To the Editor: Atomoxetine is a new norepinephrine reuptake inhibitor indicated for attention deficit hyperactivity disorder (ADHD). We present a case of atomoxetine overdose with consequent seizures and prolongation of the QTc interval.
Adam was a 15-year-old Caucasian adolescent who weighed 54 kg and had a history of major depression and ADHD. He was brought to the emergency department after an intentional overdose of atomoxetine. There was no past history of seizures, head injury, medical illness, or substance abuse. His medications included 150 mg b.i.d. of sustained-release buproprion, 0.25 mg b.i.d. of risperidone, 0.25 mg of alprazolam as needed, and 80 mg/day of atomoxetine. He had been taking bupropion for the past 1 years and risperidone for the past 7 months. Two months before we saw him, he was switched from amphetamine to atomoxetine, 60 mg/day. Two weeks before we saw him, his atomoxetine dose was increased to 80 mg/day, and his bupropion dose was decreased to 150 mg b.i.d. because of continued ADHD symptoms. Soon after this change, however, he relapsed into severe depression.
Adam ingested 1200 mg (22 mg/kg) of atomoxetine about 1 hours before coming to the emergency department. Pill counts confirmed that this was the only drug involved. He was treated with intravenous fluids and charcoal. About 3 hours after ingestion, he had a witnessed generalized seizure with postictal confusion that spontaneously resolved. He had a second generalized seizure 2 hours later that was treated with two doses of intravenous diazepam, 5 mg, and a loading dose of phenytoin. He was transferred to the medical intensive care unit for observation. The Poison Control Center had no specific recommendations.
Adam complained of anxiety, tremulousness, and dry mouth during the first few hours. A physical examination showed an alert, oriented, anxious, and afebrile patient with a pulse in the 110s and a stable systolic blood pressure in the low 100s, with equal and reactive pupils and fine motor tremors. A neurological examination produced nonfocal results. Routine blood tests produced normal results. The results of a urine toxicology screen and tests for alcohol, acetaminophen, and salicylate were negative. His QTc interval was 607 msec at 3 hours and 435 msec at 6 hours after ingestion. Adam was discharged 2 days later to an inpatient psychiatric facility.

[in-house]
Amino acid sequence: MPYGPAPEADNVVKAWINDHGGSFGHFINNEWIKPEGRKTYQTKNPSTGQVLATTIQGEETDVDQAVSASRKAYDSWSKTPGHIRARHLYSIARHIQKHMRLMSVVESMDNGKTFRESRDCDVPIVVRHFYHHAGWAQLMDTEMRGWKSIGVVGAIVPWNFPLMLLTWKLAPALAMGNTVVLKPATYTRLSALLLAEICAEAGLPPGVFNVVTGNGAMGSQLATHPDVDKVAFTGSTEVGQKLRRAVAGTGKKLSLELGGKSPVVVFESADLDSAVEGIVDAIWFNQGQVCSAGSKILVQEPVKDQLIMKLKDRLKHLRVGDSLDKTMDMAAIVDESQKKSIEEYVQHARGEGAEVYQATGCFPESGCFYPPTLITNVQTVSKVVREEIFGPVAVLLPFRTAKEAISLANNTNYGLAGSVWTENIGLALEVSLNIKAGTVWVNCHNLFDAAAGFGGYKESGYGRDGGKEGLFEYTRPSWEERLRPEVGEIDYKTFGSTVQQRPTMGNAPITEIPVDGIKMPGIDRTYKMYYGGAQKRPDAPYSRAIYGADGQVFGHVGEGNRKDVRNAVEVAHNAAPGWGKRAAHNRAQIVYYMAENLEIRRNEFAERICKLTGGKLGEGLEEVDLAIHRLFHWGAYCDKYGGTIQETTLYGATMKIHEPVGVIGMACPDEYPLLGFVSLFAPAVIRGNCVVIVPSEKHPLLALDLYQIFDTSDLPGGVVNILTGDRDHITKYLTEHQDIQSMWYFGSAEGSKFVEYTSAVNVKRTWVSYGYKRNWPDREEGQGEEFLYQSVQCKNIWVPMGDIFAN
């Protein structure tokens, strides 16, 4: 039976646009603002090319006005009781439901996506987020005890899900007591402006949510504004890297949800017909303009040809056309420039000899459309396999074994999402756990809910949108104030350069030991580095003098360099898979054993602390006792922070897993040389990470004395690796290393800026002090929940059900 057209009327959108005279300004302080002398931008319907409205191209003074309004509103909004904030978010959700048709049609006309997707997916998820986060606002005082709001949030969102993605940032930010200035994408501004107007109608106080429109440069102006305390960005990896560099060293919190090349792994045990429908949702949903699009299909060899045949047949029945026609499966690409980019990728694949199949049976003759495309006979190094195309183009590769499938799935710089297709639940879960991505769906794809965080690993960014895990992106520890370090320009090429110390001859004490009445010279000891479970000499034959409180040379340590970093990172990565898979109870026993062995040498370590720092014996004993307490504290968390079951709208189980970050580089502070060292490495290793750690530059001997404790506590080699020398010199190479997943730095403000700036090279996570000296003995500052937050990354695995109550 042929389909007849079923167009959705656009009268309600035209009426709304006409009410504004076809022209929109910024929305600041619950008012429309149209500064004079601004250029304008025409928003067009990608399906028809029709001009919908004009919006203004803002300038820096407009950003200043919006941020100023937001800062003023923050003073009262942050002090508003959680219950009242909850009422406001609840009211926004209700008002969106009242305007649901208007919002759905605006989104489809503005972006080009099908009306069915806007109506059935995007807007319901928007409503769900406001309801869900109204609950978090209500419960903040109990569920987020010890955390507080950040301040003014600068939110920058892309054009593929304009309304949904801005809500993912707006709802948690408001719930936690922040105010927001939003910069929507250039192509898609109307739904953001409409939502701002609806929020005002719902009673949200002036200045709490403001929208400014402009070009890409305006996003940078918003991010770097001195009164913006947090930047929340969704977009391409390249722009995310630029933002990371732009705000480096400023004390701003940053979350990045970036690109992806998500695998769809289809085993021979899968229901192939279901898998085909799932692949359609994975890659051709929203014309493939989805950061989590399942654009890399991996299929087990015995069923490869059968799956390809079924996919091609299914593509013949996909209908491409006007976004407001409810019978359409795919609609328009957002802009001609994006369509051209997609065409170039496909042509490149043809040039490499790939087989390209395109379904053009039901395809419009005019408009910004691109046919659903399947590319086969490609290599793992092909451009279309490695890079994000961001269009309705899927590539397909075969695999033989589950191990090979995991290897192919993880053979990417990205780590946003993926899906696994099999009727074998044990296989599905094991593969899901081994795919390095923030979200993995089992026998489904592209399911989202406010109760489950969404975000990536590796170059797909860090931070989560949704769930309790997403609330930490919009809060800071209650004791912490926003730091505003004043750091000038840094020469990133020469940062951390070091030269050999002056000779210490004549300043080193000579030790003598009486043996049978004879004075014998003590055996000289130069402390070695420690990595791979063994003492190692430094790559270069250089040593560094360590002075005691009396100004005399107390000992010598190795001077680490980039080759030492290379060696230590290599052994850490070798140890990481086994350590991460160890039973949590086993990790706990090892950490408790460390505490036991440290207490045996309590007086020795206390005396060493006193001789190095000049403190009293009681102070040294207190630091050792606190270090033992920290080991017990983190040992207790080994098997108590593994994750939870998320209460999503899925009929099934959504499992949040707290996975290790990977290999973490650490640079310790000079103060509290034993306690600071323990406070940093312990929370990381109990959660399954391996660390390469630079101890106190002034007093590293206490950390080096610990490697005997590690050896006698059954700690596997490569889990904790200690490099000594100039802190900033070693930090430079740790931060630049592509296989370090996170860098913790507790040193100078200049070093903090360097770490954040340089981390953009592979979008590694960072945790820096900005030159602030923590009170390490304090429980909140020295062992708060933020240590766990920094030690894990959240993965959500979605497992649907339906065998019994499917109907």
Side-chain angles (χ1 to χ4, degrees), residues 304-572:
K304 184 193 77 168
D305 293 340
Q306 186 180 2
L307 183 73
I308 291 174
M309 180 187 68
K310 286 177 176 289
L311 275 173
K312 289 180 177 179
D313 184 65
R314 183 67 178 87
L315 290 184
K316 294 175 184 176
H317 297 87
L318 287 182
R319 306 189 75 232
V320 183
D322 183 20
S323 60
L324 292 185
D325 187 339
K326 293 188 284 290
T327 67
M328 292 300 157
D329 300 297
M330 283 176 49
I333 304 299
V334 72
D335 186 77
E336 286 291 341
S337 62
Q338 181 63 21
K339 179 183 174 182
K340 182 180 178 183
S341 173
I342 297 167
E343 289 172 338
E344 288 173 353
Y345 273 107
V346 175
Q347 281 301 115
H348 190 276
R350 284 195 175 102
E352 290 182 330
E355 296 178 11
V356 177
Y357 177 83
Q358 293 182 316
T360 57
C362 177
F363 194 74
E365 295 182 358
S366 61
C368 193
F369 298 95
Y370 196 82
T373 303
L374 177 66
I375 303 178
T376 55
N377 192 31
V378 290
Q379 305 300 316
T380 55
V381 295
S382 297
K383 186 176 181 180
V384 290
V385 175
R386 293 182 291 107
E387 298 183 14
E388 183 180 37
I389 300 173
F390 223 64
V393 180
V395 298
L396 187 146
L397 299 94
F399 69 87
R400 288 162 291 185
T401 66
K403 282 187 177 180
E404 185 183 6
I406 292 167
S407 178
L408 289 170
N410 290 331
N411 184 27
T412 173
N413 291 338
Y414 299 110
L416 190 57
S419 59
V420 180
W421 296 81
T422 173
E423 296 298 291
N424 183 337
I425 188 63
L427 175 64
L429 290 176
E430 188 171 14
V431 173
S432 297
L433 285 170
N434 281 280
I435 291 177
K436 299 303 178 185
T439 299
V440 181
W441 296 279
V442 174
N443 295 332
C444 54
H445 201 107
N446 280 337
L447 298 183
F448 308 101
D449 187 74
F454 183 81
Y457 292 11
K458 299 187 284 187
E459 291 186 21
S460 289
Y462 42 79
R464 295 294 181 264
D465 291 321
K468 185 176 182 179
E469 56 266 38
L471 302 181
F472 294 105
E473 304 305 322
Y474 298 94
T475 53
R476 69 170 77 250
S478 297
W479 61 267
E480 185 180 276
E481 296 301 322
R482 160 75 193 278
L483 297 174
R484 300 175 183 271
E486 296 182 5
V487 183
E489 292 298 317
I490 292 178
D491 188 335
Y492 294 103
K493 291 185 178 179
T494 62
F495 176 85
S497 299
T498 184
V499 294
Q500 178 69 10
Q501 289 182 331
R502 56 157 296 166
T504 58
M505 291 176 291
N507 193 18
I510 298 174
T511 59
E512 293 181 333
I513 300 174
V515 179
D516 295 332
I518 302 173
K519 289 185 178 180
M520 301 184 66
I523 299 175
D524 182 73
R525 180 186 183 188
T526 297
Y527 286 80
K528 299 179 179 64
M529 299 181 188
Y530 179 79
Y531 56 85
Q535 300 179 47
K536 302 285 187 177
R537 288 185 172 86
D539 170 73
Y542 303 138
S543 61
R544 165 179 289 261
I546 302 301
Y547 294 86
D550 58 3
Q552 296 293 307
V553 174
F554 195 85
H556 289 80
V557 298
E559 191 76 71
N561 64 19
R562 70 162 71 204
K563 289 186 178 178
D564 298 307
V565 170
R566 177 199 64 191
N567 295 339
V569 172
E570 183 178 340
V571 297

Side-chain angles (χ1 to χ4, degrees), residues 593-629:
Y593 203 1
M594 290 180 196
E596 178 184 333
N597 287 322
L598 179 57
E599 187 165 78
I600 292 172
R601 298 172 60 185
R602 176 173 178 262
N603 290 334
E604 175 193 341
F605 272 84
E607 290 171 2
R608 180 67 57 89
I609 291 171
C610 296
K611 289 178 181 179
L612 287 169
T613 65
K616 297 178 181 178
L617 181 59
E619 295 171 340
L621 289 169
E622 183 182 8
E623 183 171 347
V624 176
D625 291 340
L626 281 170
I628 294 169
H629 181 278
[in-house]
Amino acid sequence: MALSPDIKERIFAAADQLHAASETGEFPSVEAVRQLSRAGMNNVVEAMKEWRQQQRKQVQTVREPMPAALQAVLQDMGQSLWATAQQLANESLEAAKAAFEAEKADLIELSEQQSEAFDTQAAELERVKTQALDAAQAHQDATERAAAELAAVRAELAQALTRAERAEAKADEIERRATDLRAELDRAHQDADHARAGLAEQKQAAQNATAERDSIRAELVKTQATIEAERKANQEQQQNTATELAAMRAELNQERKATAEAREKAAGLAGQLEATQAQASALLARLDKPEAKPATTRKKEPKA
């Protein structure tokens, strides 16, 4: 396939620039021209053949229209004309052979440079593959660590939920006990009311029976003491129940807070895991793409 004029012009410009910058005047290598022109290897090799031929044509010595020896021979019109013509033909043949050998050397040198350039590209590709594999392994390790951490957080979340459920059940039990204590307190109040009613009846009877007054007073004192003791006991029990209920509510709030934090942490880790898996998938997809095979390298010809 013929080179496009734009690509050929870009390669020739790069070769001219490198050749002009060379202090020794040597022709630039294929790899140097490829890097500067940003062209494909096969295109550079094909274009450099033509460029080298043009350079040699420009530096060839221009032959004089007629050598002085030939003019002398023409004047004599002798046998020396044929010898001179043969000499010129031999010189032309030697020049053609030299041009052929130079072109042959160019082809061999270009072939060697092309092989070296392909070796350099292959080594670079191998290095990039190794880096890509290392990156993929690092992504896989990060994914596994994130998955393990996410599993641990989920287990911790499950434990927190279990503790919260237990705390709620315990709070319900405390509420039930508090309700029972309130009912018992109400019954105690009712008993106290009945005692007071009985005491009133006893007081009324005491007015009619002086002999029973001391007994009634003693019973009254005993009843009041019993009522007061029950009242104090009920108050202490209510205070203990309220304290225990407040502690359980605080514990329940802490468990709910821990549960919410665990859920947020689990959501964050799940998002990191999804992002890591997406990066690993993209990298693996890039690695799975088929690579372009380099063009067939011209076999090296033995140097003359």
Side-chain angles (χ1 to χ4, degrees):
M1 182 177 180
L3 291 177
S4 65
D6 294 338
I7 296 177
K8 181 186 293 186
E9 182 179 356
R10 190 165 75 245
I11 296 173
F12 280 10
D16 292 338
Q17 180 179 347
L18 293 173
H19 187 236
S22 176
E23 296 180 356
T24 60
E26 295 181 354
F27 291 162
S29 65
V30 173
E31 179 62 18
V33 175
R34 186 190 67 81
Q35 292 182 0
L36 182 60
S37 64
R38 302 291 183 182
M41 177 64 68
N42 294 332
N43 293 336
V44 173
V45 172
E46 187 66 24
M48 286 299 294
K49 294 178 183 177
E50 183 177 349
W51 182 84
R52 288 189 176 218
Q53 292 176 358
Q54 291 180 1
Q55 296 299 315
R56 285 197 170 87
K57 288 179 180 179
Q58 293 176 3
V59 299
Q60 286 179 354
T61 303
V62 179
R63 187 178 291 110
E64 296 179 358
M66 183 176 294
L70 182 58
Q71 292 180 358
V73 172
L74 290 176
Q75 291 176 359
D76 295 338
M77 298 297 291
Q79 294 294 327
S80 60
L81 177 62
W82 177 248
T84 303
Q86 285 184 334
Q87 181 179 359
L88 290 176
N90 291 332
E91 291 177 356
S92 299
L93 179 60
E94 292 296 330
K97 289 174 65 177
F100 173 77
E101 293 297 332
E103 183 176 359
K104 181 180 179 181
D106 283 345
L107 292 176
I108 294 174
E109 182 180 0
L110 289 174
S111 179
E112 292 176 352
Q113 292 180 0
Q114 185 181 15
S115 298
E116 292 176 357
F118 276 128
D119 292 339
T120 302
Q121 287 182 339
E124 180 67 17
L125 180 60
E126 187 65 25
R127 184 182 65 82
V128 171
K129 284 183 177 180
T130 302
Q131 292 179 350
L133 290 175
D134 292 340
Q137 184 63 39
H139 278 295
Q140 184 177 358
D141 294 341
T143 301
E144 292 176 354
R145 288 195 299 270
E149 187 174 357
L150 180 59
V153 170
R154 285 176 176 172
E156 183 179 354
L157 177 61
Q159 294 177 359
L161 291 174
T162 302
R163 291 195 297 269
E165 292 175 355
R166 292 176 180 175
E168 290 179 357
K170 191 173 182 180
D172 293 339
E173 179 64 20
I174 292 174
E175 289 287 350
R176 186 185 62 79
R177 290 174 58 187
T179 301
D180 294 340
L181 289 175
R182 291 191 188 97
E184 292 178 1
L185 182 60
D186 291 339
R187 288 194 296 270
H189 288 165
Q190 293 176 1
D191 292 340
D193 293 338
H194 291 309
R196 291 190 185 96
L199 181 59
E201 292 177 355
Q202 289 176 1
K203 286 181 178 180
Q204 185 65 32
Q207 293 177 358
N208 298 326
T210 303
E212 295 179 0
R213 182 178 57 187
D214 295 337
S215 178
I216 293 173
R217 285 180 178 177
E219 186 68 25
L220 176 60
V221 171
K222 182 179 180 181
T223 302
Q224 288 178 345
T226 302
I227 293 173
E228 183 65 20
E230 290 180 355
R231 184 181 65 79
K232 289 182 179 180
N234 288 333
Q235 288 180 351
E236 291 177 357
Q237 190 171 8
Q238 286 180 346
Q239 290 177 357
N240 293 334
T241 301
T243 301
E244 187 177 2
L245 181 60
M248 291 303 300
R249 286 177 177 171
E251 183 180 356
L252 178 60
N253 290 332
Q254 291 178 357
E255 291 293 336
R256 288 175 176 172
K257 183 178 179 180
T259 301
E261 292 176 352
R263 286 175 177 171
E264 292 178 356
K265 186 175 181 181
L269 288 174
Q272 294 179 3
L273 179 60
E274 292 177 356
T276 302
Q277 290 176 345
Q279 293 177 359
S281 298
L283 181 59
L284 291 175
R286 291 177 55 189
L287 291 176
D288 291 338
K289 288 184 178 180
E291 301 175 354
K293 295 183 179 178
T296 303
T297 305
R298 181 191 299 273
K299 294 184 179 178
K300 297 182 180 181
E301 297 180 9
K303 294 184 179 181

We believe this to be the first published case of atomoxetine overdose. The drug has a half-life of 5 hours and is metabolized by the P450 2D6 enzyme (1). Coadministration with 2D6 inhibitors, such as paroxetine and fluoxetine, can increase serum atomoxetine levels three- to fourfold (2). Animal studies have found convulsive activity at doses of 12 mg/kg and higher (data on file, Eli Lilly, 2002). The higher serum level of atomoxetine, or its main metabolite, hydroxyatomoxetine, may have caused our patient’s seizures and cardiac conduction delay. Bupropion may have contributed to the seizures (3). Since atomoxetine is not a controlled drug, there is likely increased accessibility for abuse and overdose. Further research is needed to explore the risks of seizure and arrhythmia with atomoxetine and to develop guidelines for the management of overdose and toxicity. Until more data are available, we advise caution when using atomoxetine in individuals at risk for seizure or receiving 2D6 inhibitors.